Exercise after cancer

I have often been asked by patients for things they can do to help themselves get through treatment and then improve their longterm survival. I believe that exercise plays a crucial role, with many potential advantages.

  • It may help improve your chances of survival.

There are now a number of studies showing increased survival in groups of patients that exercise after diagnosis.

These studies have been done in many types of  cancer for example breast (1,2) bowel (3), brain (4), prostate (5, 6) and lung (6). These studies are all slightly different but to summarize they demonstrated 43%-70% improvement in survival in the group of patients that exercised. In the breast cancer study it was 2 and ½ hours of brisk walking a week. In the bowel cancer study it was more (6 hours) per week of vigorous exercise.

  • It can help reduce your anxiety and stress associated with the diagnosis and the treatment.

Moderate to intense exercise is followed by a stress relieving endorphin release. Yoga is great for flexibility, circulation and stress relief. Everyone can stretch, no matter what stage of the journey you are on.

  • It can aid weight loss.

Sometimes successful cancer treatment can result in weight gain, a combination of inactivity and side effects of some of the medications. Studies have shown that being overweight following your cancer diagnosis is associated with decreased survival time and an increased risk of recurrence in many different cancer types (7). Getting down to an optimal weight will protect you from this risk.

  • It will build muscle.

Cancer treatments such as chemotherapy and steroids often lead to muscle loss and fat gain and also increase the risk of thinning of the bones (osteoporosis). Doing resistance training increases your muscle mass this helps to burn fat, but also helps to strengthen your bones and protect against osteoporosis.

  • It can speed up recovery and fight fatigue

Fatigue is a huge problem during and after cancer treatment, due to the side effects of the treatments and sometimes the cancer itself. Although you may feel too tired to exercise and that your instinct is to conserve what energy you have left you will actually feel better to get out there and get moving.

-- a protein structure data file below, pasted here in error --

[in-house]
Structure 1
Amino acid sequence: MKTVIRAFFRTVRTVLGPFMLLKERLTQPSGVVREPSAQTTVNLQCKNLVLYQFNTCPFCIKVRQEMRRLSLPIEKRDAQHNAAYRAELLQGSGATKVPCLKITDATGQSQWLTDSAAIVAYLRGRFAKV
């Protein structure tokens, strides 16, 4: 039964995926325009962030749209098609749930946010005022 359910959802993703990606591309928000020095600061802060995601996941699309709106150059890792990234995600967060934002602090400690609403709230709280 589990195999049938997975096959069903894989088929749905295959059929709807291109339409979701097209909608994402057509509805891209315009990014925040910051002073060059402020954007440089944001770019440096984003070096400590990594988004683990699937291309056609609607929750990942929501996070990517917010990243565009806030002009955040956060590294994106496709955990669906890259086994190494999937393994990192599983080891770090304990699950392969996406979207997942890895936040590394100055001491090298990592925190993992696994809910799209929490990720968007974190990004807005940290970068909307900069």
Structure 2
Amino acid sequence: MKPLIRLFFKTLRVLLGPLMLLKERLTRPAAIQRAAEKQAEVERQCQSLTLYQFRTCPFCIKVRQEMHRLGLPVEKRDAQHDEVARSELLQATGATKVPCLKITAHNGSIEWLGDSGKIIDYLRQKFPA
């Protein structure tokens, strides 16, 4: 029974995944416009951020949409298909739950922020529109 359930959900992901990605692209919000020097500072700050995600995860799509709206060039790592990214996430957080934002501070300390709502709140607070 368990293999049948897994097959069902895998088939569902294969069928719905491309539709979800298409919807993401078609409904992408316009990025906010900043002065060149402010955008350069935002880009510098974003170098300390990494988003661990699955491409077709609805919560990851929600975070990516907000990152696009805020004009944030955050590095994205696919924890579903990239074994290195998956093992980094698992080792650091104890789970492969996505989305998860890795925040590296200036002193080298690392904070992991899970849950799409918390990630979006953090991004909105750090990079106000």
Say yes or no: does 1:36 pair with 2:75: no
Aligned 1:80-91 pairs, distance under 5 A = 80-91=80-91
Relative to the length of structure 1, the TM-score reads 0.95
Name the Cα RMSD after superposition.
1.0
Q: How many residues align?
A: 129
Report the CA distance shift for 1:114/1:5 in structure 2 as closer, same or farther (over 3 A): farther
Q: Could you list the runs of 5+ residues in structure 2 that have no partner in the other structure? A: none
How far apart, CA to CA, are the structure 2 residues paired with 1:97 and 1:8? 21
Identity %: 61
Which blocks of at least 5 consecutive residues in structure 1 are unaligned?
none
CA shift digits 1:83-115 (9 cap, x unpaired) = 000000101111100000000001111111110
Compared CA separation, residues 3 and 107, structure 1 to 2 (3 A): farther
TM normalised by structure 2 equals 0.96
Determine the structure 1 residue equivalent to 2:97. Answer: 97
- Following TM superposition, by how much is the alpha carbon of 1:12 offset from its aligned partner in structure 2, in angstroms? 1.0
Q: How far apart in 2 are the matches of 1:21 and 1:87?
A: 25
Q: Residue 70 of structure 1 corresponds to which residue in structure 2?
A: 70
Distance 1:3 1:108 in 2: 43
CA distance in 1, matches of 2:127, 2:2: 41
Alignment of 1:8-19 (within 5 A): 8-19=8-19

Having decided you want to start incorporating exercise into your life here are a few things to consider.

Your body is likely to be going though a lot of changes, so first things first, Lower your exercise expectations. Lets be clear, no one is expecting you to run a marathon now. Start with little changes, such as walking up stairs rather than taking the lift or incorporating a short walk into your everyday life. Sometimes wearing a pedometer can help give you motivation, as it can track your progress. I have a Fitbit and have found it has really stretched my exercise limits, mostly down to my innate competitive nature. Through the Fitbit app I found a group of likeminded individuals also looking to increase their exercise limits.

Start by having a think about how you like to exercise and then look for a programme, class or personal trainer to suit you. For example, I like to workout at home with no one watching but in order to give myself a support network I set up my fitness instagram account. This gave me two key support structures that have been key to sticking with my fitness plan; firstly a sense of community and secondly accountability.

I found following an exercise plan that intensified over a number of weeks the best way to improve and keep me interested. I used an e-book designed by Australian personal trainer Kayla Itsines called the bikini body guide (BBG). It is hard but because the workouts are short and don’t require much equipment I was able to do them at home around the kids nap times. I plan to do a separate blog post about BBG.

Most importantly listen to your body, some days will be better then others, modify your plans to how you are feeling. Your body confidence may have been shaken with the diagnosis but it is still your body you can regain control.

 

References:

  1.  Holmes MD, et al., Physical activity and survival after breast cancer diagnosis. JAMA. 2005;393:2479-86.
  2.  Irwin ML, et al., Influence of pre and postdiagnosis physical activity on mortality in breast cancer survivors: the health, eating, activity, and lifestyle study.  J. Clin. Oncol. 2008:26:3958-64.
  3.  Meyerhardt JA, et al., Impact of physical activity on cancer recurrence and survival in patients with stage III colon cancer: findings from CALGB 89803.  J. Clin Oncol. 2006: 24:3535-41.
  4.  Williams PT, Reduced risk of brain cancer mortality from walking and running. Med. Sci. Sports Exerc. 2014 May;46(5):927-32.
  5.  Giovannucci EL, et al., A prospective study of physical activity and incident and fatal prostate cancer.  Arch. Intern. Med.  2005:165:1005-10.
  6. Lakoski, S.G., et al.  Midlife Cardiorespiratory Fitness, Incident Cancer, and Survival After Cancer in Men The Cooper Center Longitudinal Study.  JAMA Oncol. 2015;1(2):231-237. doi:10.1001/jamaoncol.2015.0226
  7. McTiernan AN. Obesity and cancer: the risks, science, and potential management strategies. Oncology. 2005 Jun 1;19(7):871-81.

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